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Police chief denies firing officers

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Ratanakkiri police have denied reports that four policemen were removed from their positions for allowing 12 Vietnamese nationals to bring items of machinery across the border to clear land. Photo supplied

Police chief denies firing officers

The Ratanakkiri provincial police commissioner has denied local media reports that four policemen were removed from their positions for allowing 12 Vietnamese nationals to bring items of machinery across the border to clear land in a protected National Park.

Local news media had named the four as Kantuy Neak border post chief Huong Phuong; his deputy Teu Chay; Prachou Priev, the head of O’Tayak border checkpoint; and O’Yeul border post chief Phoeun In.

The reports claimed they were relieved of their positions due to their failure to adequately patrol the border and thus allow 12 Vietnamese men to bring in six vehicles – including bulldozers and other land clearing machinery – to illegally clear the protected area in Virak Chey National Park.

“This is not true. The four police officers who were mentioned were questioned, but they were not involved in allowing the Vietnamese to bring in the equipment. They had asked to take leave, for health reasons, 10 days before it happened,” Ratanakkiri provincial police chief Yin Chamnan said.

He said when the policemen were summoned to discuss their request, they said they wanted to transfer from their positions leading the border posts to serve as normal officers at the 203 Border Protection Headquarters, citing “health issues which make it difficult to lead the patrol team”.

Chamnan said a Ratanakkiri provincial police task force was working with relevant authorities to find and punish whoever allowed the Vietnamese to illegally import the machinery.

Soeung Sen Karuna, the spokesman for human rights group Adhoc, expressed his support for the police’s efforts to find the truth in the case and their refusal to punish innocent officials.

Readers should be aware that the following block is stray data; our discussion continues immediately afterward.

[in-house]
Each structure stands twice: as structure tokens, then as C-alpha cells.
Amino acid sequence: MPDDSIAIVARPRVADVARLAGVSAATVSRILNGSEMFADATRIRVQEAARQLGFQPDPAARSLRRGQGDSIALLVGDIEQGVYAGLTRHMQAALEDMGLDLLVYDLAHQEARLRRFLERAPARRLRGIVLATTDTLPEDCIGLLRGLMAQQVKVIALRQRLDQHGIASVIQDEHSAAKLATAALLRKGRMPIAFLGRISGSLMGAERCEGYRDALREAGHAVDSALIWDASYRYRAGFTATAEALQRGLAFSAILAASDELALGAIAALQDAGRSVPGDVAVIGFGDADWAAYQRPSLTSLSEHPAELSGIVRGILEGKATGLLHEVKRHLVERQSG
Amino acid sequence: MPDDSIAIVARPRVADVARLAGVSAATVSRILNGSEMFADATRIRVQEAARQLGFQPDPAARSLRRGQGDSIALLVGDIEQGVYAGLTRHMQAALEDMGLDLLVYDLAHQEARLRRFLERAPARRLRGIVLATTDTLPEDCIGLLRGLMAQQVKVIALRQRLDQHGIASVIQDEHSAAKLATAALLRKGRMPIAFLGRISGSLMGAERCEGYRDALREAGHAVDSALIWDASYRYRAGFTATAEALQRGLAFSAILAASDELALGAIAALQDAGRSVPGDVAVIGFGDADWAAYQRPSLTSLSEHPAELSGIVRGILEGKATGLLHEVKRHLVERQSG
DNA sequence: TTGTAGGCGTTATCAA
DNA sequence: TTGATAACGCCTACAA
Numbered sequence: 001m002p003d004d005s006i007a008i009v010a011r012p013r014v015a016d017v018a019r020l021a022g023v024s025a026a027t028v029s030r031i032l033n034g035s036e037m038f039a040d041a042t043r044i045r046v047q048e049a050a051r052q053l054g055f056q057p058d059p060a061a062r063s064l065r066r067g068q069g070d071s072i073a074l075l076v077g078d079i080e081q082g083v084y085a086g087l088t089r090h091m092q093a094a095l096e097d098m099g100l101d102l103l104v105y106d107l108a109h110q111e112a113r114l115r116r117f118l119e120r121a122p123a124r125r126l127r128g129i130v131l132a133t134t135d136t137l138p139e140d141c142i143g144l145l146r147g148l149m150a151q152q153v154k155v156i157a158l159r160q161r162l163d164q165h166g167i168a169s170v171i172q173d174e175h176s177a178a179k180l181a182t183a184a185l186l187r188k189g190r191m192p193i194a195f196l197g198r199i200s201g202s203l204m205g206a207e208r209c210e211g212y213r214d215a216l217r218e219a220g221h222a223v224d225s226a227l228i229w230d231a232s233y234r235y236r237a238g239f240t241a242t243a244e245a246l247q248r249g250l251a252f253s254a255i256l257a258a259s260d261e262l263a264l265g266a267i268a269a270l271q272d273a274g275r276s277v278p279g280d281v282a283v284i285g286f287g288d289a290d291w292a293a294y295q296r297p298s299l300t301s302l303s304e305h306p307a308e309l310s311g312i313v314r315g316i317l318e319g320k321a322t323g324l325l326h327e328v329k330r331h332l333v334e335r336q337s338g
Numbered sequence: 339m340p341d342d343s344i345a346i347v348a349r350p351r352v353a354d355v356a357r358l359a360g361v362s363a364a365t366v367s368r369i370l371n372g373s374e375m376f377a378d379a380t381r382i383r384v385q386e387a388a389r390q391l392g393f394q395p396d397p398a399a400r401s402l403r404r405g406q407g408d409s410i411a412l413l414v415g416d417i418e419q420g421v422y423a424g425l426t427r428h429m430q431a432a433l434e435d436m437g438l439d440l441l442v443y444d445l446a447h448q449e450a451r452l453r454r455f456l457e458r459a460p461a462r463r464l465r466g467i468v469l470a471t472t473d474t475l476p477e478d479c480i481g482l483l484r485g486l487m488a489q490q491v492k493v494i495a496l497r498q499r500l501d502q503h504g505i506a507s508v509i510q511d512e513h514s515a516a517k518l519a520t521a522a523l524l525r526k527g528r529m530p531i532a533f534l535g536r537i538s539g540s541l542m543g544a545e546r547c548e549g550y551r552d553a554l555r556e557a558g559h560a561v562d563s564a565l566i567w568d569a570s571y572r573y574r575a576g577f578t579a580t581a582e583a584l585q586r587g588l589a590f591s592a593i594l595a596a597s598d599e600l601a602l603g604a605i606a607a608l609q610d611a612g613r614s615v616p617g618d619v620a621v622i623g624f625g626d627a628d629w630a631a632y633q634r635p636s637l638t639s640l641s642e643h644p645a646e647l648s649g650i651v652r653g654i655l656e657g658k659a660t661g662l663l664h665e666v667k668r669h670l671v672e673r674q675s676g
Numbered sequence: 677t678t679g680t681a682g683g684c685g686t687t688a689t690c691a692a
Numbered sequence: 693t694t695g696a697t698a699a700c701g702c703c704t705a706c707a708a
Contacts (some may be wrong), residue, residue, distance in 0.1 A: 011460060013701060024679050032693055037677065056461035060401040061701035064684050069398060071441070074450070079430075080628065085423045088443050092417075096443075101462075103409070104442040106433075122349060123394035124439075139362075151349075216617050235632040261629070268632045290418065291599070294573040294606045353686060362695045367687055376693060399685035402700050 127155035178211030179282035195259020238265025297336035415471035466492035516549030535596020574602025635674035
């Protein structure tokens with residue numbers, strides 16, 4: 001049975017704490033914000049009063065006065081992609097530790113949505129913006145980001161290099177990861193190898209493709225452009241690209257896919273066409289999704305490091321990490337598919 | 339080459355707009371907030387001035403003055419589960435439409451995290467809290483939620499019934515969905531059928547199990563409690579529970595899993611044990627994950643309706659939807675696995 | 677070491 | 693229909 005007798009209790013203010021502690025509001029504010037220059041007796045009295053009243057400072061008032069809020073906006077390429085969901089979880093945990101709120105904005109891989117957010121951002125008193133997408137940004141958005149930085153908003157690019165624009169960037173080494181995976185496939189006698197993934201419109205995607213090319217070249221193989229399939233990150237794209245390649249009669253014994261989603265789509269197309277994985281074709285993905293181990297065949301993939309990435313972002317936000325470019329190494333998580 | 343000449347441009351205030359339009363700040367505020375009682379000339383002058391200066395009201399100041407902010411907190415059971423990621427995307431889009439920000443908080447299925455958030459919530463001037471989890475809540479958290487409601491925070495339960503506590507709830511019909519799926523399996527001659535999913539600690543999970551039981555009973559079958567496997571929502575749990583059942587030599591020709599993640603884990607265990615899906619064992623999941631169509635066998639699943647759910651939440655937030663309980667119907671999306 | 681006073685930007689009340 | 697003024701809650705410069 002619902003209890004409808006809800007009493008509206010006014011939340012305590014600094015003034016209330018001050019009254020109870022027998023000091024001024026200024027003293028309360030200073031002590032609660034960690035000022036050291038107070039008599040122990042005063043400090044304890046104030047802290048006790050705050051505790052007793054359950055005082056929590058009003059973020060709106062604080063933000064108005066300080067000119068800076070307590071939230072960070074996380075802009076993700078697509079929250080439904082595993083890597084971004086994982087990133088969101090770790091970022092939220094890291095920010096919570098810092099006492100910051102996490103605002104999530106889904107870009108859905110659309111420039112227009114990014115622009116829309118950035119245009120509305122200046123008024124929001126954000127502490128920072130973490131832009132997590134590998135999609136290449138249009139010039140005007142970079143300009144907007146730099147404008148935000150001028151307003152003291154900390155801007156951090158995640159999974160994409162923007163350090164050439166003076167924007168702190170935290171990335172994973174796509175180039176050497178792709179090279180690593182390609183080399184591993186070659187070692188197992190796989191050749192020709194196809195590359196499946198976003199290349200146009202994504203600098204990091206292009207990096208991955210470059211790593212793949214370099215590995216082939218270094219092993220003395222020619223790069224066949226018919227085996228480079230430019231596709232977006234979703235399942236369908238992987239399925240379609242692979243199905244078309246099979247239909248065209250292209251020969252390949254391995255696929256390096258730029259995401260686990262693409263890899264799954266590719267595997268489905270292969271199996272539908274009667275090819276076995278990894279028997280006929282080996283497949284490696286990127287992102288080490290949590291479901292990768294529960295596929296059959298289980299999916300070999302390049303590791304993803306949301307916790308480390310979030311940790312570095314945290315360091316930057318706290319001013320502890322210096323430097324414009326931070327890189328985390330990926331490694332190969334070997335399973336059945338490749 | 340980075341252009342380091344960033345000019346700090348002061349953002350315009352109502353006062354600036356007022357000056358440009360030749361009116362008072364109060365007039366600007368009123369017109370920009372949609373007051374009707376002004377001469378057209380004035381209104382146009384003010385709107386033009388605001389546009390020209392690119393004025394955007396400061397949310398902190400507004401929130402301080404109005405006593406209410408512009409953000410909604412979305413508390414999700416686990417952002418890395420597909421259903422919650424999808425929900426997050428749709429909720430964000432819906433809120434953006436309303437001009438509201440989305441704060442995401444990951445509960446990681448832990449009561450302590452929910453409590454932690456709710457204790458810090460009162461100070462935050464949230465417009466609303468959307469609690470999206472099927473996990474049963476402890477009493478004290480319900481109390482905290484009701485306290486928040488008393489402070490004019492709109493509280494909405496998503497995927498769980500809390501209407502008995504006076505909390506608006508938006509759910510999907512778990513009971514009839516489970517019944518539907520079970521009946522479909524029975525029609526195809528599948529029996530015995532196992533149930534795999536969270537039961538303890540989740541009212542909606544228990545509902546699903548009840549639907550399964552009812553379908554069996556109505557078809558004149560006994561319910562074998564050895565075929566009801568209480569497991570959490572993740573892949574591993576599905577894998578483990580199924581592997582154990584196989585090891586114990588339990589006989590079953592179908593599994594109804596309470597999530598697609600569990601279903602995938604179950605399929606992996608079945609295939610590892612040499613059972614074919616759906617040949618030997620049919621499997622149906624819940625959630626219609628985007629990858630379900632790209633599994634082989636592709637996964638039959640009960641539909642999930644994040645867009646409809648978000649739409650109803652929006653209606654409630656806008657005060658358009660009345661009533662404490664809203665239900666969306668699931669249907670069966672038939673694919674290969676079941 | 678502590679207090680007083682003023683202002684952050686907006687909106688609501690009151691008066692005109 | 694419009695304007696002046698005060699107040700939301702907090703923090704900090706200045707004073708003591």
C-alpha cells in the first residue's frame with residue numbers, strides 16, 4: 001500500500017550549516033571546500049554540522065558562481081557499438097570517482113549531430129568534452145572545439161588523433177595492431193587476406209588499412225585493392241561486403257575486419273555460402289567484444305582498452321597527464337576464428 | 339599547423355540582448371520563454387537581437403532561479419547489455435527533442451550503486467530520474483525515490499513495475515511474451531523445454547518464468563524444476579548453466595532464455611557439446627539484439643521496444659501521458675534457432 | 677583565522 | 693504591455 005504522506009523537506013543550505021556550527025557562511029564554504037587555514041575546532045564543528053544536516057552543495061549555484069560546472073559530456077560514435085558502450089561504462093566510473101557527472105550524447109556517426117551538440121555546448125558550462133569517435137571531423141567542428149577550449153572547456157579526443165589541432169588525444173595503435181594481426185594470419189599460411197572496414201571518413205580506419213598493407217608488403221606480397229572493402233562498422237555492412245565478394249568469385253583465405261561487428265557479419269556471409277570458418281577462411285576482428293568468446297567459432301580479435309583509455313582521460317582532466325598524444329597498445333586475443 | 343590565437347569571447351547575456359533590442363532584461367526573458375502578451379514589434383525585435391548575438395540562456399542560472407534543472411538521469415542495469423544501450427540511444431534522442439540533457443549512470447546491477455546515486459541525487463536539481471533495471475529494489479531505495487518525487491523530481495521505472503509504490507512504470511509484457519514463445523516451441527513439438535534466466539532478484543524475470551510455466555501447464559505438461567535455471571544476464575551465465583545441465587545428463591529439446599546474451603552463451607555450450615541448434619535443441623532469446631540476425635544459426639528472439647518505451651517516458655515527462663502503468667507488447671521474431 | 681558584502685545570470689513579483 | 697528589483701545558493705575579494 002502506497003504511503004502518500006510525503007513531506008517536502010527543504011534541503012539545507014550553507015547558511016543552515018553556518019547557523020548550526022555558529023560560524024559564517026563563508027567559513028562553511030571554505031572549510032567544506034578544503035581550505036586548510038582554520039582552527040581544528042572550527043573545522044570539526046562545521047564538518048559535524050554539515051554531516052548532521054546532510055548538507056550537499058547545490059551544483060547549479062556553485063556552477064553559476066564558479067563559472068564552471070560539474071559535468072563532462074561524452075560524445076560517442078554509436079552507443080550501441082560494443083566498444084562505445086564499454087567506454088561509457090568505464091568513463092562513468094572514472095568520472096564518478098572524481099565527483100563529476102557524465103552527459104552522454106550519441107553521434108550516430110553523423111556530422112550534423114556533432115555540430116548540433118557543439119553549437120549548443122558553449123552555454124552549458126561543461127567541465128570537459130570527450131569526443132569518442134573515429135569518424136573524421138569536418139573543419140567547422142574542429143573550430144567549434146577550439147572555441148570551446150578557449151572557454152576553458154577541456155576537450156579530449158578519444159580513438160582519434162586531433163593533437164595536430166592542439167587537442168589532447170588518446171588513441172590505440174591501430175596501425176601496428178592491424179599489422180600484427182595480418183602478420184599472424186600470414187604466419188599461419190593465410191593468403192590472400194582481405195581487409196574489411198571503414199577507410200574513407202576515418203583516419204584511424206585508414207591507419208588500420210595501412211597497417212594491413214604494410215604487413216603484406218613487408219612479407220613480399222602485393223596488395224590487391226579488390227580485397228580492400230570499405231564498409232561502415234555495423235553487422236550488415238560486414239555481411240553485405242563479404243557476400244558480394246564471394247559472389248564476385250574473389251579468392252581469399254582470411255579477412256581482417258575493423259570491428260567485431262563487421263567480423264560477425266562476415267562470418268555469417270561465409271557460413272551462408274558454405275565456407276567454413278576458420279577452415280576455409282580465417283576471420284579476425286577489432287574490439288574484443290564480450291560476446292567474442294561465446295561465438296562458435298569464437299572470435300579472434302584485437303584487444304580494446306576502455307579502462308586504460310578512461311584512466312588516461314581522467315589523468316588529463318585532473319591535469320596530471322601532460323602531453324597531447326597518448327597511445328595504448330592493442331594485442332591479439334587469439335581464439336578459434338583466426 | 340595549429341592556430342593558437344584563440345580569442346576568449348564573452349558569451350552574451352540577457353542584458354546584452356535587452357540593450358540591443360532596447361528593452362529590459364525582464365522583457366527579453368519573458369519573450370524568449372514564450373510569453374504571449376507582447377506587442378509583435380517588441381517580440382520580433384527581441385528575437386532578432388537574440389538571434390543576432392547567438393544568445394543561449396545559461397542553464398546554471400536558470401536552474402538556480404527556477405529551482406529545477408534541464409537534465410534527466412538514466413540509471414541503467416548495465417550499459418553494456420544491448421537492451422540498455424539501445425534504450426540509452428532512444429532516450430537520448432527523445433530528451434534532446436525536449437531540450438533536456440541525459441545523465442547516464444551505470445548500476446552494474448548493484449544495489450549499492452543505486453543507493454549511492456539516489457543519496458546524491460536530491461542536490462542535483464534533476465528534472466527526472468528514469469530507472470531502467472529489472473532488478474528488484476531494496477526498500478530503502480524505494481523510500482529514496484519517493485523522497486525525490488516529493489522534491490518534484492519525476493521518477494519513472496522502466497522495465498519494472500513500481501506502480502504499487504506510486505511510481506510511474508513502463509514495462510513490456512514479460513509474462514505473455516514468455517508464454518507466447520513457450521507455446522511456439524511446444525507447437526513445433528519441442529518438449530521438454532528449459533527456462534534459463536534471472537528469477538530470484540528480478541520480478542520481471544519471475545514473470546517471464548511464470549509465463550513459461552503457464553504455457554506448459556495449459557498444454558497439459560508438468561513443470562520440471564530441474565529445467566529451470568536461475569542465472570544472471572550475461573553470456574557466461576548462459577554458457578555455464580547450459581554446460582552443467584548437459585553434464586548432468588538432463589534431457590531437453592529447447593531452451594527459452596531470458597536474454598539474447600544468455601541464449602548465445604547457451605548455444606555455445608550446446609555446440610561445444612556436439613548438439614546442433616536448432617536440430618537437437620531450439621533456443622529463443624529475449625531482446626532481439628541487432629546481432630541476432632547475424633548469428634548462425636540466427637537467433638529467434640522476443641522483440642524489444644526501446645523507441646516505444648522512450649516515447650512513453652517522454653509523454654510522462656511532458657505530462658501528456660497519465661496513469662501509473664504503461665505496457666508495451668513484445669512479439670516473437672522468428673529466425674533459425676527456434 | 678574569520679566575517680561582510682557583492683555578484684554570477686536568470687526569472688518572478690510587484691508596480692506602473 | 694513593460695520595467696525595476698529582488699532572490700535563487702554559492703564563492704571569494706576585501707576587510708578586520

“This case involves local authorities and border officials, so provincial and national authorities should intensify their investigation to uncover the truth, find those responsible and deliver suitable punishment according to the law."

“Without collaboration with border police or local authorities, those people could not bring six large vehicles into the country to clear forest land in a protected area,” he said.

On April 16, while patrolling Virak Chey National Park, Ratanakkiri Military Police arrested the men for crossing the border into Cambodia and illegally clearing the forest land in Taveng district’s Taveng Loeu commune.

Following their detention, authorities confiscated documents from the 12 men naming Sek Vireak, 43, a representative of Cambodian firm Noupheap Sophy Investment Co Ltd.

The documents showed that the company had rented the six items of machinery to a Vietnamese company named Manh Le Gia – represented by Nguyen Luong Lac – to level the land concession in order to grow crops.

Police also found an additional document showing that Vireak rented the land in question to a Vietnamese national named Vo Nguyen Sa for $70 per ha per year.

On April 21, Investigating Judge Leng Vannarith charged the 12 Vietnamese men with “crossing the border without legal permission” according to Article 29 of the Immigration Law and “importing machinery for illegal forest clearing and taking forest land as personal property” according to Articles 56, 58 and 62 of the Law on Natural Protected Areas.

They are currently being held at Phnom Svay prison awaiting a court hearing and other legal procedures.

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